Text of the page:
McLaren and Lotus will be key players in finalising the 2014 F1 grid

The paddock in India is abuzz with rumours about who will be driving where in 2014. As usual, everyone is waiting to see who blinks first, and who will be bringing the biggest wads of cash in their attempts to bid for viable midfield race seats.

It looks like the next domino pairing to fall will be at McLaren and Lotus. Jenson Button is understood to have signed a contract extension to remain with McLaren, which neither party will officially confirm as yet.

Sergio Pérez’s future with McLaren is slightly more uncertain. While the McLaren MP4-28 is certainly not one of the team’s finer efforts, the Mexican hasn’t exactly covered himself in glory and he’s under serious pressure to deliver results over the remaining four races.

Certainly, Pérez’s Mexican sponsorship connections are an attractive aspect to his services, but one can’t imagine McLaren will be happy accepting millions in pesos from his backers if he’s not delivering the goods come qualifying and the race.

A question McLaren will have to ask itself is whether it’s worth changing drivers in 2014, which would lost it vital continuity as the sport heads into the new turbocharged regulations. Most teams are reluctant to introduce new drivers at the same time as new regulation changes.

McLaren is still trying to court Fernando Alonso, while it also weighs up what to do with its new protégé, Kevin Magnussen. Several sources are suggesting that the team will try and blood him at Marussia, with whom the team has a technical partnership. The option is a smart one: it allows Magnussen some valuable F1 experience under the new regulations, ahead of a mooted switch to the Woking team when it runs Honda engines in 2015.

Nico Hülkenberg is another big player in the latest ‘silly season’ rumours. While all suggestions are that he will sign with Lotus, that seems contingent on whether the team can sort its sponsorship income out. The team had sold a 35% stake to an American venture capital group, but that money has proven to be slow in arriving, and it could scupper the deal to land the impressive German.

Hülkenberg’s departure from Sauber is likely to trigger a promotion for Russian teenage racer, Sergey Sirotkin, whom the team signed as a development driver after his father headed a consortium of investors who bought into the Swiss team.

The team looks set to keep Esteban Gutiérrez for another season, with the Mexican youngster picking up his first points finish with an impressive display last time out at Suzuka. But given he’s looked particularly ragged (so far) in India, it’s hardly a strong driver pairing.

A good back-up plan for Lotus is Pastor Maldonado, who brings sackfuls of cash from Venezuelan oil giant PDVSA, and who is known to be very unhappy with the state of play at Williams, which has had an appalling season by its standards.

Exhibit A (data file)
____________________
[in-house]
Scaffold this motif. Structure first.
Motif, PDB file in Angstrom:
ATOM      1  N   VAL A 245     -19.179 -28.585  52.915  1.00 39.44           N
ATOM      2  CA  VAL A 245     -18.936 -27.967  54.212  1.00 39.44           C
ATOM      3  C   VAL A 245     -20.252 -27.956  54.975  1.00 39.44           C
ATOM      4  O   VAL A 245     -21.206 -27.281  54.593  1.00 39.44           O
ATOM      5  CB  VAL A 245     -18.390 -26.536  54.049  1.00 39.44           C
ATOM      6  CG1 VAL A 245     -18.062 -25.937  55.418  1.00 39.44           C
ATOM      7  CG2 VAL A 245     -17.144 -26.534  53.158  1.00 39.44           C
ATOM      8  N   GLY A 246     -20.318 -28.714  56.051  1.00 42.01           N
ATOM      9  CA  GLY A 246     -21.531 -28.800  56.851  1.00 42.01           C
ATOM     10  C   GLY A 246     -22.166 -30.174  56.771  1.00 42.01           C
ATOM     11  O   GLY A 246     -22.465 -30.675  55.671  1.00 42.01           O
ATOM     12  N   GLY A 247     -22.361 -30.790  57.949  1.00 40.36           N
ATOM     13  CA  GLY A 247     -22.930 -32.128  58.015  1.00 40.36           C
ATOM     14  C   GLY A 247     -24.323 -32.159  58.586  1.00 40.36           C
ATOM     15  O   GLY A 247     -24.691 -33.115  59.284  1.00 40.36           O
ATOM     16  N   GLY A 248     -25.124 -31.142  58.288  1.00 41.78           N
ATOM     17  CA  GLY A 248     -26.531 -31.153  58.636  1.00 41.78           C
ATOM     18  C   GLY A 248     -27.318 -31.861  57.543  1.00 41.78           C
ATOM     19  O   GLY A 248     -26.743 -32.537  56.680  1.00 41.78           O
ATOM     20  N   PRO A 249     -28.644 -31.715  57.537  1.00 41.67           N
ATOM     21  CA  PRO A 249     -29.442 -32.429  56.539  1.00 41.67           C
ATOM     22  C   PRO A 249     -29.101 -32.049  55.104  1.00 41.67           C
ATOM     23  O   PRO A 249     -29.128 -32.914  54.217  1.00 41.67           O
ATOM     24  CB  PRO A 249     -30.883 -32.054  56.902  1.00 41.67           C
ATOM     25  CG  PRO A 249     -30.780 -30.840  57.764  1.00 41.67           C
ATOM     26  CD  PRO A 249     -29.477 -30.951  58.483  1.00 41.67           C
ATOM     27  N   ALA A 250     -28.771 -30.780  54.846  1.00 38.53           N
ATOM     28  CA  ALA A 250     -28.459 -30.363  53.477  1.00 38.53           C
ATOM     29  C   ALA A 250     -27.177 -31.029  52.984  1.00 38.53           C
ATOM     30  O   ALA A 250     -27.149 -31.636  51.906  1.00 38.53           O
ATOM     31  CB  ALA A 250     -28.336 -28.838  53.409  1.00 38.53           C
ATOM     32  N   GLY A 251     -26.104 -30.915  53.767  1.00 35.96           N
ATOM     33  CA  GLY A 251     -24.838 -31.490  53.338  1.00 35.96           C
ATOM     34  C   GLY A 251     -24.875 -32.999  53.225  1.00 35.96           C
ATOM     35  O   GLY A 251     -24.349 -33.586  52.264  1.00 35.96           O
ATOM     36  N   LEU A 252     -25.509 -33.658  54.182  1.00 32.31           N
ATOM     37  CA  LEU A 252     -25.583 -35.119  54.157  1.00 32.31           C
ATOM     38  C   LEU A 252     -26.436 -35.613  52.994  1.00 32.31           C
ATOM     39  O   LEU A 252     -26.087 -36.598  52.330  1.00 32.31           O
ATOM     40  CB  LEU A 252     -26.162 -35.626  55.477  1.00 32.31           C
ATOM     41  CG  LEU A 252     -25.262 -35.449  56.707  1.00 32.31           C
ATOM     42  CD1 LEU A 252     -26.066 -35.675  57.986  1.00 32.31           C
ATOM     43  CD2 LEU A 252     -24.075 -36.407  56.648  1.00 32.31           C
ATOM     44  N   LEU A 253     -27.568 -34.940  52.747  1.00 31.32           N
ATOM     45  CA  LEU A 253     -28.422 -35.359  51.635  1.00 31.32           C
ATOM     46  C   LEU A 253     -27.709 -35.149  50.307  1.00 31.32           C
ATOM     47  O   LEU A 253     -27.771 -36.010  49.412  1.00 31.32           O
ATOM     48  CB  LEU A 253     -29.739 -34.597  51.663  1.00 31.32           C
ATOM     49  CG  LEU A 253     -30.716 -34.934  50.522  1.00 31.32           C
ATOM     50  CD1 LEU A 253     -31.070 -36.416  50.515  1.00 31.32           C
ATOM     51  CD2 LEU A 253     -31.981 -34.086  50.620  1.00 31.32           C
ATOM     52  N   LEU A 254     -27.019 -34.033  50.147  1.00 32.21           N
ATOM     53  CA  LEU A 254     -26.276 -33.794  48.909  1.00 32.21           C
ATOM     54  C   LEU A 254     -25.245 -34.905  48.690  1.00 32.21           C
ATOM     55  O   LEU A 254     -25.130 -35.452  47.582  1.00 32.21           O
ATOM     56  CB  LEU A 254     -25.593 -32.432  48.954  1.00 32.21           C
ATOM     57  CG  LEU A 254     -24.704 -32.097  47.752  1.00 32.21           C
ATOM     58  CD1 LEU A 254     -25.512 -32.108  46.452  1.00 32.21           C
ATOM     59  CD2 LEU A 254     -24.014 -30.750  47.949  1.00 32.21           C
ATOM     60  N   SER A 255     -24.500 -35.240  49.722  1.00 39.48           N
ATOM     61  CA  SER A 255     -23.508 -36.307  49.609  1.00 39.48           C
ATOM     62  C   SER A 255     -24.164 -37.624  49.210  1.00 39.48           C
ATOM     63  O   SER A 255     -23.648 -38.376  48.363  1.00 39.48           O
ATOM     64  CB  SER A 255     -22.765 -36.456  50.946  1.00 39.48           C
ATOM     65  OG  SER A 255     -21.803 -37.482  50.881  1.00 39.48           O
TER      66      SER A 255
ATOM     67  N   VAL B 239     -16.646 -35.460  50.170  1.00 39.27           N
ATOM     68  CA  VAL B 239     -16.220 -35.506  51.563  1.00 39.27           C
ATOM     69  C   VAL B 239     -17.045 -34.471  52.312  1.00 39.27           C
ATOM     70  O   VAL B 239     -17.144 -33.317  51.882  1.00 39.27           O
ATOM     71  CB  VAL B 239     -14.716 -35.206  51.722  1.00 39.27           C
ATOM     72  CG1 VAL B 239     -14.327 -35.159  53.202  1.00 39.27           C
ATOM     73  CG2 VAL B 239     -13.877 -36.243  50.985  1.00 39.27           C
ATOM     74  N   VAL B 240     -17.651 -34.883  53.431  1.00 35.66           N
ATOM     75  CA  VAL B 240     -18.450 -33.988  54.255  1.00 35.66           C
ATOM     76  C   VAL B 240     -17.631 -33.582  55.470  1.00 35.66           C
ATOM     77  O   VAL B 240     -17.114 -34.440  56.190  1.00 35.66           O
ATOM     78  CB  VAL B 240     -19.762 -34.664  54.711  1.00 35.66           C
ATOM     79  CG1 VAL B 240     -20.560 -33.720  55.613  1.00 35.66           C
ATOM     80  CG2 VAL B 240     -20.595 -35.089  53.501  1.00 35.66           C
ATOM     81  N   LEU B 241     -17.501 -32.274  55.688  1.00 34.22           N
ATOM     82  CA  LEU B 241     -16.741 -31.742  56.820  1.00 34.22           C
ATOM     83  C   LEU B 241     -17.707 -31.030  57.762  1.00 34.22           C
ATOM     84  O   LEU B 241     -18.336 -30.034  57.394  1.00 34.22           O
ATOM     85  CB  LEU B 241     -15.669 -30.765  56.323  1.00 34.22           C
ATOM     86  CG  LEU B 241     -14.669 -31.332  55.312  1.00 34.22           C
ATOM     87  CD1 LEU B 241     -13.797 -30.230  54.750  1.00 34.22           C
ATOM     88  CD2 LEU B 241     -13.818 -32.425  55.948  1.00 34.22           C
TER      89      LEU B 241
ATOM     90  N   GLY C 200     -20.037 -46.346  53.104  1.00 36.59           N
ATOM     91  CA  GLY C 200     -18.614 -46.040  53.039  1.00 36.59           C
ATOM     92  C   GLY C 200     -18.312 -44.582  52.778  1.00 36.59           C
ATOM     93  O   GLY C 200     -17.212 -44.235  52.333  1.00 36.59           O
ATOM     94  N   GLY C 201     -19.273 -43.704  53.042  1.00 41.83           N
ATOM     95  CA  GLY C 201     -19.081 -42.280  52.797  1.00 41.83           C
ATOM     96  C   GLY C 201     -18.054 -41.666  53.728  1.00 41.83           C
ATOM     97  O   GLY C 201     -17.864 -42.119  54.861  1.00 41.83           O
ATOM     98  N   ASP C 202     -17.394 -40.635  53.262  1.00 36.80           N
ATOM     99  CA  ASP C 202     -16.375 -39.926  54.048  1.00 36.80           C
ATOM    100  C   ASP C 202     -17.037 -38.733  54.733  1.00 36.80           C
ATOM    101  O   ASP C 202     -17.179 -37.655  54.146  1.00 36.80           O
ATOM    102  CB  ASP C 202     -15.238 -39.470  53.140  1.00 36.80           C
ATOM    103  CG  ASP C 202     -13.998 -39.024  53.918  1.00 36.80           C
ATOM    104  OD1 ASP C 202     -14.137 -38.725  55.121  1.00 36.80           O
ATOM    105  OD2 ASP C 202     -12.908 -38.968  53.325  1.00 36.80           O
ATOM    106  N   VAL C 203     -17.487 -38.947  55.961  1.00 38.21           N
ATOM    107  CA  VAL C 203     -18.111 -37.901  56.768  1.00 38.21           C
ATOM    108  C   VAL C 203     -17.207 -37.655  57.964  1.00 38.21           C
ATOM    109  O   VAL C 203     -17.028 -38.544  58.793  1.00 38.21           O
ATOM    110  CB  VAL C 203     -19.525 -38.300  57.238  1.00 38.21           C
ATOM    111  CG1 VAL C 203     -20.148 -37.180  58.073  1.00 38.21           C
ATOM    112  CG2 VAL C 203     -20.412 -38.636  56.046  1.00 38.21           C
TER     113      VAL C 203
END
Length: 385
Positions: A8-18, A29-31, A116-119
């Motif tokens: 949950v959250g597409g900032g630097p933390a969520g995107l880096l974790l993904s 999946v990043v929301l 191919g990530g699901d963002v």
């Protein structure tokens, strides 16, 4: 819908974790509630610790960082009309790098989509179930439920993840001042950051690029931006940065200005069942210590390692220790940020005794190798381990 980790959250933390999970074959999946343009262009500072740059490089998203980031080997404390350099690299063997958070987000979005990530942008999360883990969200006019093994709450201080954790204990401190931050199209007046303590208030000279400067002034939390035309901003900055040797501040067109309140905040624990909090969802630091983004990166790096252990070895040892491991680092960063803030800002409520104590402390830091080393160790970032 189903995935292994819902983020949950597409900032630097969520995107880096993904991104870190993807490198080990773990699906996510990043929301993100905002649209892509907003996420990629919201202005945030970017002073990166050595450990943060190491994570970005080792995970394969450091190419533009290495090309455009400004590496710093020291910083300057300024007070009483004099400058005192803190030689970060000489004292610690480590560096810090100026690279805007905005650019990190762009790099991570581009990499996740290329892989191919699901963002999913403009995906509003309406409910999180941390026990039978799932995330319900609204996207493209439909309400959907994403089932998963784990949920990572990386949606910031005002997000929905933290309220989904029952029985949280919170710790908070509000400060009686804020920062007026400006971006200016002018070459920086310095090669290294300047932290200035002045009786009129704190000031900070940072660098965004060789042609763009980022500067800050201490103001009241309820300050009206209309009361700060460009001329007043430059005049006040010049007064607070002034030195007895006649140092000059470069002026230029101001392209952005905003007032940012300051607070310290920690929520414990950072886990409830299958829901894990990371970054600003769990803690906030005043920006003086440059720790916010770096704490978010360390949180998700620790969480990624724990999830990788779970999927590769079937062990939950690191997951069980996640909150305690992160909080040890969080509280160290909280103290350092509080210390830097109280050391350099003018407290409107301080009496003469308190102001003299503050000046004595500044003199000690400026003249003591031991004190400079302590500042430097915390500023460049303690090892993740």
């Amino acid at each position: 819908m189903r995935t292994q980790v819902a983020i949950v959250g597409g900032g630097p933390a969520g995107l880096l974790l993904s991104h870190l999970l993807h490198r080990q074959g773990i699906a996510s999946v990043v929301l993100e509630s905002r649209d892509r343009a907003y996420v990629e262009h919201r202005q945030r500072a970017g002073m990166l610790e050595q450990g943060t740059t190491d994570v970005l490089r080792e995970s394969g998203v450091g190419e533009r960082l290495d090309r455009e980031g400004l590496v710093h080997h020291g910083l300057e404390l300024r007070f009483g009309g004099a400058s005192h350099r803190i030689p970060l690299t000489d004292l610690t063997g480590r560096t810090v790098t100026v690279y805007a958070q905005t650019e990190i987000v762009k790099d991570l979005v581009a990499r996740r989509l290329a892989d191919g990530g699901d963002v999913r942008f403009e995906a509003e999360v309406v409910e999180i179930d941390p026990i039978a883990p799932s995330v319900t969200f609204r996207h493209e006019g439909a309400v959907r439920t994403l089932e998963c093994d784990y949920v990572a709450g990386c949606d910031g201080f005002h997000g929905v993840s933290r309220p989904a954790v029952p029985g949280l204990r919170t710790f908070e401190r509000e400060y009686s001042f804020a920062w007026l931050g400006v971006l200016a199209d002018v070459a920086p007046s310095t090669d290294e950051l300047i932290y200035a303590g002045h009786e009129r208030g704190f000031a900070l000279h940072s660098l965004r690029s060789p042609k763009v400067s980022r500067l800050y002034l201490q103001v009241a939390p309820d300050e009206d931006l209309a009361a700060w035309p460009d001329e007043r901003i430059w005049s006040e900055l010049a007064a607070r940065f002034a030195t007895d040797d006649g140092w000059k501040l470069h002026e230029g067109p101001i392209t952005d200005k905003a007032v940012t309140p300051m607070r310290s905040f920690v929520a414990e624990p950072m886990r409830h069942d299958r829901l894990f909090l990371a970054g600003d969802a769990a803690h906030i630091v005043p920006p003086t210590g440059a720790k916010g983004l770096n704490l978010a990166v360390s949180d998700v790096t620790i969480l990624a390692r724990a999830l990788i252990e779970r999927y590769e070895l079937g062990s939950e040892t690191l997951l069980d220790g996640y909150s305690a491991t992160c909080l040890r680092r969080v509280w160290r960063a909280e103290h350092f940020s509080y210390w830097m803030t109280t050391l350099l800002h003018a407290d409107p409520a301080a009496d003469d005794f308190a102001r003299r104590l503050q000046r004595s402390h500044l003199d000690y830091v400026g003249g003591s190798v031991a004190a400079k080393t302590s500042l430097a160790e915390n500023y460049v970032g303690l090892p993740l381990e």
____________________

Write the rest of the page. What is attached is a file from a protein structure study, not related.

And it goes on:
Recent stories are suggesting that PDVSA wants to take its sponsorship dollars and star driver somewhere else, and provided it can wriggle its way out of its multi-year contract with Williams – with the suitable financial settlement, of course – then it seems quite likely we’ll see Maldonado driving for another team in 2014. Force India is rumoured to be another possible employer.

Should Maldonado up sticks and move out of Williams, then in could come Felipe Massa, who this weekend admitted to discussions with the Grove-based squad. It’s believed that the Brazilian has secured several million dollars in backing – most notably from Santander and Petrobras (which was a former Williams sponsor) – but that would be a massive fall from grace if he has to buy himself a seat to remain on the grid…

While he sits further behind teammate Paul di Resta in the Drivers’ Championship standings, Adrian Sutil looks better placed to remain with the team in 2014. Di Resta has been rather out of sorts of late, and he certainly seems to be rather out of favour in the team at the moment.

Scuderia Toro Rosso recently finalised its driver line-up with confirmation that Daniil Kvyat will make his Grand Prix debut alongside Jean-Éric Vergne next year, so that just leaves cellar dwellers Caterham and Marussia to finalise their line-ups.

Marussia has already confirmed Jules Bianchi will remain on board, leaving the team to decide between Magnussen and the incumbent Max Chilton – or any other pay driver with a fistful of cash.

Caterham is rumoured to be considering re-signing Heikki Kovalainen next year, which will leave Giedo van der Garde and Charles Pic squabbling for the final seat at the team if the deal is signed.

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Richard Bailey

Founder & Chief Editor at MotorsportM8
Hasn't missed a Grand Prix since 1989. Has a soft spot for Minardi. Tattooed with 35+ Grand Prix circuits.

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